Dave King on what led to breaking reviled tycoon's 'vice-like grip' on Rangers
Photo by Ian MacNicol/Getty Images

Dave King on what led to breaking Mike Ashleys 'vice-like grip' on Rangers

Former Rangers chairman Dave King has opened up on breaking the “vice-like grip” on the club Mike Ashley and the Easdales had, fearing it would leave Scotland as a “one team country.”

Ashley and his puppets on the Ibrox board were doing their level best to wring every last penny they could from the Light Blues for “personal interest” and King confesses he was “bemused” by the inability of various parties to oust them from Ibrox.

Dave King reads out a message to the Rangers Fans(Photo by Steve Welsh/Getty Images)

King and the Three Bears would eventually take control of the club six years ago before stepping down last year and announcing his intention to sell his shares to Club 1872.

“I was really watching the situation from afar,” King said [Gallant Few podcast].

“The club was in very dire circumstances. We were struggling at Championship level, never mind challenging for the Premiership title. We were actually struggling to get out of the Championship.

“Mike Ashley and the Easdale axis had this sort of vice-like grip on the club and its finances to the extent that it was absolutely clear if there wasn’t some kind of intervention Rangers would never be a competing club in Scotland again.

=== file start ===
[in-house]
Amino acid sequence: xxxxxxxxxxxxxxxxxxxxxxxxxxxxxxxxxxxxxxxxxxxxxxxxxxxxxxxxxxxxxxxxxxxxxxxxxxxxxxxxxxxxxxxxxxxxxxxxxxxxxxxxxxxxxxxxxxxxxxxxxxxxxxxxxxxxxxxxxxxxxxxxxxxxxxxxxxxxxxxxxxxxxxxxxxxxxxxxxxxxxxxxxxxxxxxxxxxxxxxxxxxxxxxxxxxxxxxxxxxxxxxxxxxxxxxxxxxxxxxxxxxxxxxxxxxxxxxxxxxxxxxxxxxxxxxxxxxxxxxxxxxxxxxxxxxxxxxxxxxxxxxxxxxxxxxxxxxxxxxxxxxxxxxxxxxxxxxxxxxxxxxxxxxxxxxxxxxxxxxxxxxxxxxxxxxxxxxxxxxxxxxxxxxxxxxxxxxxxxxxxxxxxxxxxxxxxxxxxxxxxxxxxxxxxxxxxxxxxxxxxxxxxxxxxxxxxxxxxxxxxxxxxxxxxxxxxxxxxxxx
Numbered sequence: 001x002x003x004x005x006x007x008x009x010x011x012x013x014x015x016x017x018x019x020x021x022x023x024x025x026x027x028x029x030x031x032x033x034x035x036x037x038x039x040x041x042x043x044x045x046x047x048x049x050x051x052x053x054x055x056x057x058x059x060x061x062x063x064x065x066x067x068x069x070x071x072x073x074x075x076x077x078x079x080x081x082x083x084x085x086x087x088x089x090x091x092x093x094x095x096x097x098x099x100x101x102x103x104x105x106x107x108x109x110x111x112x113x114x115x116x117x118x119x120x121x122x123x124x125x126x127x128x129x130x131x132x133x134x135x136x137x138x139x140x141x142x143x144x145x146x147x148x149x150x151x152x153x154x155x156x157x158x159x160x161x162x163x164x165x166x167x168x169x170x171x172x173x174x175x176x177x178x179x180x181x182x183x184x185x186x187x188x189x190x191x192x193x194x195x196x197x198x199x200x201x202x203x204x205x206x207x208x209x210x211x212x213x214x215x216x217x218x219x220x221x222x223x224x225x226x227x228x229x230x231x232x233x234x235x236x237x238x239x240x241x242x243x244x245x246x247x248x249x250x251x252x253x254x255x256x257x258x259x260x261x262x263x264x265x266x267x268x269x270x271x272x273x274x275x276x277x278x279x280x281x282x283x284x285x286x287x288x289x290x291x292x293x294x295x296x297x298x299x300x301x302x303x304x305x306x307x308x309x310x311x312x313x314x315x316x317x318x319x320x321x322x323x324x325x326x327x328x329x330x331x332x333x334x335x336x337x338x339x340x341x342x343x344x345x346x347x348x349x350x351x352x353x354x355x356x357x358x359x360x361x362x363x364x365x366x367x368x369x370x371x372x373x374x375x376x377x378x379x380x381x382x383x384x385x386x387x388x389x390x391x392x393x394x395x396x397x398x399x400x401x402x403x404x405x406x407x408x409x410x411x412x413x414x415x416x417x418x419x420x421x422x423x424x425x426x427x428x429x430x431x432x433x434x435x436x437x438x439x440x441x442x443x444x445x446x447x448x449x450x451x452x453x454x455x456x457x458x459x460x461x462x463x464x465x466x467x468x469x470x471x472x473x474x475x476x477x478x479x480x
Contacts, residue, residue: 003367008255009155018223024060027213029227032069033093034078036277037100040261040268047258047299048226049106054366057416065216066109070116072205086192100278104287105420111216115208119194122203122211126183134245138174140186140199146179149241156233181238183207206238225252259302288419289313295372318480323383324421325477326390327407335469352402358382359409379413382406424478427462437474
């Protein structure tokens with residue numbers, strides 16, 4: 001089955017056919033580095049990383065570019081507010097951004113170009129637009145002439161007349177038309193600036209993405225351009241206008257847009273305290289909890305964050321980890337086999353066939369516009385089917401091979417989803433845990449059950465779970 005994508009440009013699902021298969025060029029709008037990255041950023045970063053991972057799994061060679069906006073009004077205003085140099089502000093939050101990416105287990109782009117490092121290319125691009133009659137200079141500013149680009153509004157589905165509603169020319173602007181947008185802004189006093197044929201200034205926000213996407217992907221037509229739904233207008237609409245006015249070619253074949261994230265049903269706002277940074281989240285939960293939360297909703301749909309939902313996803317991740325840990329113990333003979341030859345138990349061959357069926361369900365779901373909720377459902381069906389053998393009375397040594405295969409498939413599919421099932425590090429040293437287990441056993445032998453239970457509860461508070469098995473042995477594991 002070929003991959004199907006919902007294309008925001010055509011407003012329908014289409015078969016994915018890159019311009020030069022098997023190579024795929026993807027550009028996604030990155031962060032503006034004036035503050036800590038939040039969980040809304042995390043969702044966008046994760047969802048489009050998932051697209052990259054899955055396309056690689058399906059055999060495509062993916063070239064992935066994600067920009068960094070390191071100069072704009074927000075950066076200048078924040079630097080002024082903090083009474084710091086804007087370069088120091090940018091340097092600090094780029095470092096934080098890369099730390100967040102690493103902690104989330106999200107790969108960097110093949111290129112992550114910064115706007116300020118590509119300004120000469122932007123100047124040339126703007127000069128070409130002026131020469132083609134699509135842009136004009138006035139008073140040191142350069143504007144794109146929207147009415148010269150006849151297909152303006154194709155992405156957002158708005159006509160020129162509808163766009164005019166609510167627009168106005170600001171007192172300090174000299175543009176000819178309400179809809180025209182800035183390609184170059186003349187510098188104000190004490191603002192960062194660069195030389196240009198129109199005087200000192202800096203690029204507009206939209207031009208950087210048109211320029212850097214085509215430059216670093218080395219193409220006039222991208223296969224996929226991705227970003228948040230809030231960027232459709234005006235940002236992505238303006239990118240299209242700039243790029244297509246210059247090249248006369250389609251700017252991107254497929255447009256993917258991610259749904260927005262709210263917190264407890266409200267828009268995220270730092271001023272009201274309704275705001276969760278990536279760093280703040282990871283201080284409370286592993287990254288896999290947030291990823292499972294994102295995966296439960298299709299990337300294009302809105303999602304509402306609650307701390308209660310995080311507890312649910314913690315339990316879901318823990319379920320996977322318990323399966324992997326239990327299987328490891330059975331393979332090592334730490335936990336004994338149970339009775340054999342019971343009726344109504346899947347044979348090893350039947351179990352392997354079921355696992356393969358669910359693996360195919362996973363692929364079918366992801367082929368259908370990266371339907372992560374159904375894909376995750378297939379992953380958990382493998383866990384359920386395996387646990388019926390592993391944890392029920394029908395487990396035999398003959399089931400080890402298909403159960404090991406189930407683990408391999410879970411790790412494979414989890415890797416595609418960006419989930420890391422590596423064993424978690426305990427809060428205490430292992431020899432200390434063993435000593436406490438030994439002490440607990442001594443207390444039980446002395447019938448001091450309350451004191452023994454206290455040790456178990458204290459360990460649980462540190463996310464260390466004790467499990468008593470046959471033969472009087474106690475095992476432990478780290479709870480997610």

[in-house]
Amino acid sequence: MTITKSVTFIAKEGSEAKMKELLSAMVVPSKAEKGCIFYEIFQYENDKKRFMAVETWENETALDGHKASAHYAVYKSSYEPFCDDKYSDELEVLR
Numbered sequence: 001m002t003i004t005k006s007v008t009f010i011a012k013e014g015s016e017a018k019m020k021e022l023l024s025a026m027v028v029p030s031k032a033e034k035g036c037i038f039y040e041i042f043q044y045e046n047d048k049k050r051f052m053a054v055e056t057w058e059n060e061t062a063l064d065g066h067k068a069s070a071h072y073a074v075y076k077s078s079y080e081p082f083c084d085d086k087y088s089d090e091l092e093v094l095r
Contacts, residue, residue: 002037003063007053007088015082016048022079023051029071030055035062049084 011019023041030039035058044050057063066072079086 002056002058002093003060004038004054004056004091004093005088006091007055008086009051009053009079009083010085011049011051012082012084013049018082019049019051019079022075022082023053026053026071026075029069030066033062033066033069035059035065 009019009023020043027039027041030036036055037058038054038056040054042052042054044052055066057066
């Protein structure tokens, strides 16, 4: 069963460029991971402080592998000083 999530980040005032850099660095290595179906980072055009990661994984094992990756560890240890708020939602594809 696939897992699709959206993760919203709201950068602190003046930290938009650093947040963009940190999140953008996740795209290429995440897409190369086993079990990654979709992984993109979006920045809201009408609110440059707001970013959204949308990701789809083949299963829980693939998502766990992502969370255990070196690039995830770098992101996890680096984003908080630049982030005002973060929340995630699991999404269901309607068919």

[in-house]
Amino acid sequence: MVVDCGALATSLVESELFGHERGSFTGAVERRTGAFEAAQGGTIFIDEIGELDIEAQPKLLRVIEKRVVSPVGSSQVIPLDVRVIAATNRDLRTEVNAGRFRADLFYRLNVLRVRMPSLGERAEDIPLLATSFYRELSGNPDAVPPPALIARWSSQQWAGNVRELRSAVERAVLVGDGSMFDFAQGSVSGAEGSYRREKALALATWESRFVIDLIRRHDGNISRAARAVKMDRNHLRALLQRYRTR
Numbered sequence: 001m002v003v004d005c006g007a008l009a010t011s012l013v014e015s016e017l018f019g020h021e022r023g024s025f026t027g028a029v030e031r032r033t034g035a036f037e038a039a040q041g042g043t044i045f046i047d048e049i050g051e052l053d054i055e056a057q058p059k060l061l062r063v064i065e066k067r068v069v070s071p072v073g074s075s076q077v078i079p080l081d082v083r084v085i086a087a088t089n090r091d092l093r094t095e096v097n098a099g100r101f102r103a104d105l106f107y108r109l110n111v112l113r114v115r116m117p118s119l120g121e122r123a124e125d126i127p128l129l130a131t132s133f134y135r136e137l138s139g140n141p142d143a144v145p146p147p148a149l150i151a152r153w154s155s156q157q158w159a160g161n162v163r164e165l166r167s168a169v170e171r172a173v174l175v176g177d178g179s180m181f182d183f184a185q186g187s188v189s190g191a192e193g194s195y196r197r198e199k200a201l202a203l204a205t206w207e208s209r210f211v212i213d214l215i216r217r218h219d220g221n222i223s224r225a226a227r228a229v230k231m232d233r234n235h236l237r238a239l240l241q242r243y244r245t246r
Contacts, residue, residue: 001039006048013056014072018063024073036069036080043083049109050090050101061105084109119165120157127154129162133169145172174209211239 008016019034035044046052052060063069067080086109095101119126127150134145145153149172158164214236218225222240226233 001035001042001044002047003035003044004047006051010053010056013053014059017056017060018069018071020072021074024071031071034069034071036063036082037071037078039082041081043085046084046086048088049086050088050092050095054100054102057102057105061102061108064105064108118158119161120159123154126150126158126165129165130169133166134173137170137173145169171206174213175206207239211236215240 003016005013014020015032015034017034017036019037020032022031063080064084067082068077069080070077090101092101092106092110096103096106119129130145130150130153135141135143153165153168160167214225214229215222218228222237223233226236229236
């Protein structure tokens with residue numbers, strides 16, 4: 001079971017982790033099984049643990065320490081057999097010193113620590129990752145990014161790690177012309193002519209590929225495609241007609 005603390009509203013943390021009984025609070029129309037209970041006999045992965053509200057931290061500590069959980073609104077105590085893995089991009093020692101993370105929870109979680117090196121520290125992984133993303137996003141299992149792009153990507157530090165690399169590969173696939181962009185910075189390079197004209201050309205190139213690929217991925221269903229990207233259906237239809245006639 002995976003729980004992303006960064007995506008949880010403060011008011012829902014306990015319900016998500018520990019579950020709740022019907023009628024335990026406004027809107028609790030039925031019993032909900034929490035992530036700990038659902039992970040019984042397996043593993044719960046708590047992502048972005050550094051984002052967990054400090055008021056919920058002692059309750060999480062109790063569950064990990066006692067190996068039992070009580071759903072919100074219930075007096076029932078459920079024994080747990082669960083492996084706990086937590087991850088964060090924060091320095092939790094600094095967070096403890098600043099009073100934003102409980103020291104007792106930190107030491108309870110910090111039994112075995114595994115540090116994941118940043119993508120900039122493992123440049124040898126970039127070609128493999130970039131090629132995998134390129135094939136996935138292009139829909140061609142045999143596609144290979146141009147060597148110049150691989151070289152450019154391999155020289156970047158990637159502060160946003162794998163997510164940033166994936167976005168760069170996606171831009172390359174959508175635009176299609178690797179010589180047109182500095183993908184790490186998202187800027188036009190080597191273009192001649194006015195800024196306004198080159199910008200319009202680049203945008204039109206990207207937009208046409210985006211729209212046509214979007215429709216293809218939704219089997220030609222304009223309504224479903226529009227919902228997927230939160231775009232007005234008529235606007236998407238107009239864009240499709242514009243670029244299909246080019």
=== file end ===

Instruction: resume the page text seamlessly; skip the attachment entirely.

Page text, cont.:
“I viewed it as being extremely dire – to the point that Scotland would become a one team country. Celtic could have lifted 20 titles in a row, 30 titles in a row, never mind 10.

“There was just no prospect of any other club challenging them because they didn’t have the resources.

“Rangers was the only club because of their inherent level of support, but the club was being strangled because of the Ashleys and the Easdales, for personal interest.

“I was watching this and I was continually surprised or bemused by the inability of the various consortiums that were put together within Scotland, by supporters groups. They were well-intended in terms of taking control of the club, but they lacked the financial muscle needed.

“The key was trying to get a backer in there who had some money behind him.

“It really just got the point where the situation was so desperate I thought: ‘Our club could actually be gone’.

John Gilligan ,Paul Murray and Dave King walk pitch side at Ibrox before a media conference following being voted on to the Rangers board(Photo by Jeff J Mitchell/Getty Images)

“It got to a point where I thought: ‘No, I really have to do something about this’.”

Two Rangers players are on the brink of a Europa League suspension against Antwerp on Thursday night

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